seeking to participate as panelists in the roundtables must notify the 
FTC in writing of their interest in participating on or before March 
28, 2011. Requests to participate filed in an electronic form should be 
submitted by e-mail to: MotorVehicleRoundtables1@ftc.gov. Emails should 
be captioned ``Motor Vehicle Roundtables--Request to Participate, 
Project No. P104811.''
    A request to participate as a panelist filed in paper form should 
also include the reference ``Motor Vehicle Roundtables, Project No. 
P104811'' both in the text of the comment and on the envelope, and 
should be mailed or delivered to the following address: Federal Trade 
Commission, Office of the Secretary, Room H-113 (Annex V), 600 
Pennsylvania Avenue, NW., Washington, DC 20580. The FTC is requesting 
that requests to participate filed in paper form be sent by courier or 
overnight service, if possible, because U.S. postal mail in the 
Washington, DC area and at the Commission is subject to delay due to 
heightened security precautions.

C. Comments

    Interested parties are invited to submit written comments 
electronically or in paper form on the topics to be discussed at the 
roundtable. Submission of comments should be captioned ``Motor Vehicle 
Roundtables--Comment, Project No. P104811.'' Please note that your 
comment--including your name and your state--will be placed on the 
public record of this proceeding, including on the publicly accessible 
FTC Web site, at http://www.ftc.gov/os/publiccomments.shtm.
    Because comments will be made public, they should not include any 
sensitive personal information, such as any individual's Social 
Security number; date of birth; driver's license number or other state 
identification number, or foreign country equivalent; passport number; 
financial account number; or credit or debit card number. Comments also 
should not include any sensitive health information, such as medical 
records or other individually identifiable health information. In 
addition, comments should not include any ``[t]rade secrets and 
commercial or financial information obtained from a person and 
privileged or confidential,'' as provided in Section 6(f) of the FTC 
Act, 15 U.S.C. 46(f), and Commission Rule 4.10(a)(2), 16 CFR 
4.10(a)(2). Comments containing material for which confidential 
treatment is requested must be filed in paper form, must be clearly 
labeled ``Confidential,'' and must comply with FTC Rule 4.9(c), 16 CFR 
4.9(c).\20\
---------------------------------------------------------------------------

    \20\ The comment must be accompanied by an explicit request for 
confidential treatment, including the factual and legal basis for 
the request, and must identify the specific portions of the comment 
to be withheld from the public record. The request will be granted 
or denied by the Commission's General Counsel, consistent with 
applicable law and the public interest. See 16 CFR 4.9(c).
---------------------------------------------------------------------------

    Because paper mail addressed to the FTC is subject to delay due to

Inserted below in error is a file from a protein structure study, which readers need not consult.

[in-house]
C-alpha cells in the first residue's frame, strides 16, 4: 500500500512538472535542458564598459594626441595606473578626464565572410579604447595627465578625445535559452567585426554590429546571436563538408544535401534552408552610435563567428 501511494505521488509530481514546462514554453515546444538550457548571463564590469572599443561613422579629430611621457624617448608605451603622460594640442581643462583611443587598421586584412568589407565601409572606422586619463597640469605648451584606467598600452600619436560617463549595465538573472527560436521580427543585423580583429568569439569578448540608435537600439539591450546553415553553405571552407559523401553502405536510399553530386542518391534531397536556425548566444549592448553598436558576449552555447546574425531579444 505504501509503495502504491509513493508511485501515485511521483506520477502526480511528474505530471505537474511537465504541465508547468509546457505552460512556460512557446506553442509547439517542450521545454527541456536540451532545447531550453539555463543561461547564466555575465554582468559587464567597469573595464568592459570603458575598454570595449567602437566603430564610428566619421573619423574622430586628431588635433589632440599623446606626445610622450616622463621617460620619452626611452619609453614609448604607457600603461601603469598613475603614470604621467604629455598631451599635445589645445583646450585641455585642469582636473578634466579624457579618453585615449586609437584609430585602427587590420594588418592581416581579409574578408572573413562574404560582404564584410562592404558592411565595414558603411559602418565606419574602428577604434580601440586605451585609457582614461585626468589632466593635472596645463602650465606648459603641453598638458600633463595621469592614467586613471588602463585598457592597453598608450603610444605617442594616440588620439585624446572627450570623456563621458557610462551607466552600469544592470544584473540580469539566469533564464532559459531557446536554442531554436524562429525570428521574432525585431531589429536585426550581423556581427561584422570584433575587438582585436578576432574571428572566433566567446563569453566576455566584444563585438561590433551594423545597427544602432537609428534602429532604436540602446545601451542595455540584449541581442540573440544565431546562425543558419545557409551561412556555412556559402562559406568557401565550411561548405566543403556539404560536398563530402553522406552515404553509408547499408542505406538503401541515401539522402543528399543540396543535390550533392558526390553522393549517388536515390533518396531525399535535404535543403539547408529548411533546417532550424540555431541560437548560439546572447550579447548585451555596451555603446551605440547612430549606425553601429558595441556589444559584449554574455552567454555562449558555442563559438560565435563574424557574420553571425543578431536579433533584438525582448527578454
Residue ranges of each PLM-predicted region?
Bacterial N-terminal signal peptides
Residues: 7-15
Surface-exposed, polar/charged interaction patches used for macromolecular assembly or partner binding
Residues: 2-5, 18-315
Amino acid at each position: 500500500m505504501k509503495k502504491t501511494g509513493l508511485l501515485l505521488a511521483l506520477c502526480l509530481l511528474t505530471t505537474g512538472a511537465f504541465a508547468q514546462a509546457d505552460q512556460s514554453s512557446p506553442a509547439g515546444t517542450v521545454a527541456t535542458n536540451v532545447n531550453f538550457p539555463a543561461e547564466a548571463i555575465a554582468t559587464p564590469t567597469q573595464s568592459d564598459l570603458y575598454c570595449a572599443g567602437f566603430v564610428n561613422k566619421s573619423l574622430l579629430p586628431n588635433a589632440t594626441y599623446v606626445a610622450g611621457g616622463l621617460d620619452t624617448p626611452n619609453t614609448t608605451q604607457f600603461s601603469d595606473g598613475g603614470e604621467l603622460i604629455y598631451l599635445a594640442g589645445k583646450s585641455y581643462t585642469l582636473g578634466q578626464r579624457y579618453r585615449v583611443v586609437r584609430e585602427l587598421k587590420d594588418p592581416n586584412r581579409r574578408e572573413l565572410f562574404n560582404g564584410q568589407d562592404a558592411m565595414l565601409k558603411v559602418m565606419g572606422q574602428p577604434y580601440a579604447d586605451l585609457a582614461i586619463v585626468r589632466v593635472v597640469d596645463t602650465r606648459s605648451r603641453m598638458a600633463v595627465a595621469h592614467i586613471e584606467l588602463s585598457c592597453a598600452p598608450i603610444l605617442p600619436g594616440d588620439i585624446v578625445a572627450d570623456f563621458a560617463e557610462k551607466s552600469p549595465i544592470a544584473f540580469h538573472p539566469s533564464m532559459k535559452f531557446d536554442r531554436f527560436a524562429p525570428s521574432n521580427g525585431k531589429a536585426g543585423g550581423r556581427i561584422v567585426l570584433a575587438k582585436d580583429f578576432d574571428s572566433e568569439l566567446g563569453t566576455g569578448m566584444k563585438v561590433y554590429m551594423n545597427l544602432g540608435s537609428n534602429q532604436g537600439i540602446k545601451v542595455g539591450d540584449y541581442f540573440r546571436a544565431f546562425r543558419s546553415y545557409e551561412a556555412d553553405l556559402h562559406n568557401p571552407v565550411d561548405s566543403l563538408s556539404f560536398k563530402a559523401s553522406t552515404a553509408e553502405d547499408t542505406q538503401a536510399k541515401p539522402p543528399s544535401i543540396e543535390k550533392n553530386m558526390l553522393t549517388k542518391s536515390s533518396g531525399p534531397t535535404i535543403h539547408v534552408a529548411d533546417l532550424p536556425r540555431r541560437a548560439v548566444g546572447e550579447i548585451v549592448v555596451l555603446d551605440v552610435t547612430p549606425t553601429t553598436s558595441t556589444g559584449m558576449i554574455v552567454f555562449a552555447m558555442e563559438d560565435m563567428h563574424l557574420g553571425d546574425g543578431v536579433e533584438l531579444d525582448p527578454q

heightened security screening, please consider submitting your comments 
in electronic form. Comments filed in electronic form should be 
submitted at https://ftcpublic.commentworks.com/ftc/
motorvehicleroundtables1 following the instructions on the web-based 
form. If this Notice appears at http://www.regulations.gov/search/
index.jsp, you may also file an electronic comment through that 
website. The Commission will consider all comments forwarded to it by 
regulations.gov. You may also visit the FTC Web site at http://
www.ftc.gov to read the Notice and the news release describing it.
    A comment filed in paper form should include the reference ``Motor 
Vehicle Roundtables, Project No. 104811'' both in the text of the 
comment and on the envelope, and should be mailed or delivered to the 
following address: Federal Trade Commission, Office of the Secretary, 
Room H-113 (Annex V), 600 Pennsylvania Avenue, NW., Washington, DC 
20580. The FTC is requesting that comments filed in paper form be sent 
by courier or overnight service, if possible, because U.S. postal mail 
in the Washington, DC area and at the Commission is subject to delay 
due to heightened security precautions.
    The FTC Act and other laws the Commission administers permit the 
collection of public comments to consider and use in this proceeding as 
appropriate. The Commission will consider all timely and responsive 
public comments it receives, whether filed in paper or electronic form. 
Comments received will be available to the public on the FTC website, 
to the extent practicable, at http://www.ftc.gov/os/publics.htm. As a 
matter of discretion, the Commission makes every effort to remove home 
contact information of individuals before their comments are placed on 
the FTC Web site. More information, including routine uses permitted by 
the Privacy Act, may be found in the FTC's privacy policy, at http://
www.ftc.gov/ftc/privacy.shtm.

    By direction of the Commission.
Donald S. Clark,
Secretary.
[FR Doc. 2011-5873 Filed 3-14-11; 8:45 am]
BILLING CODE 6750-01-P



The Crittenden Automotive Library

Home - About Us - Advertising
Legal Information:  Disclaimers & Terms of Use





To notify The Crittenden Automotive Library of errors, suggest topics, contribute information, make a comment on a page or to ask a question e-mail us.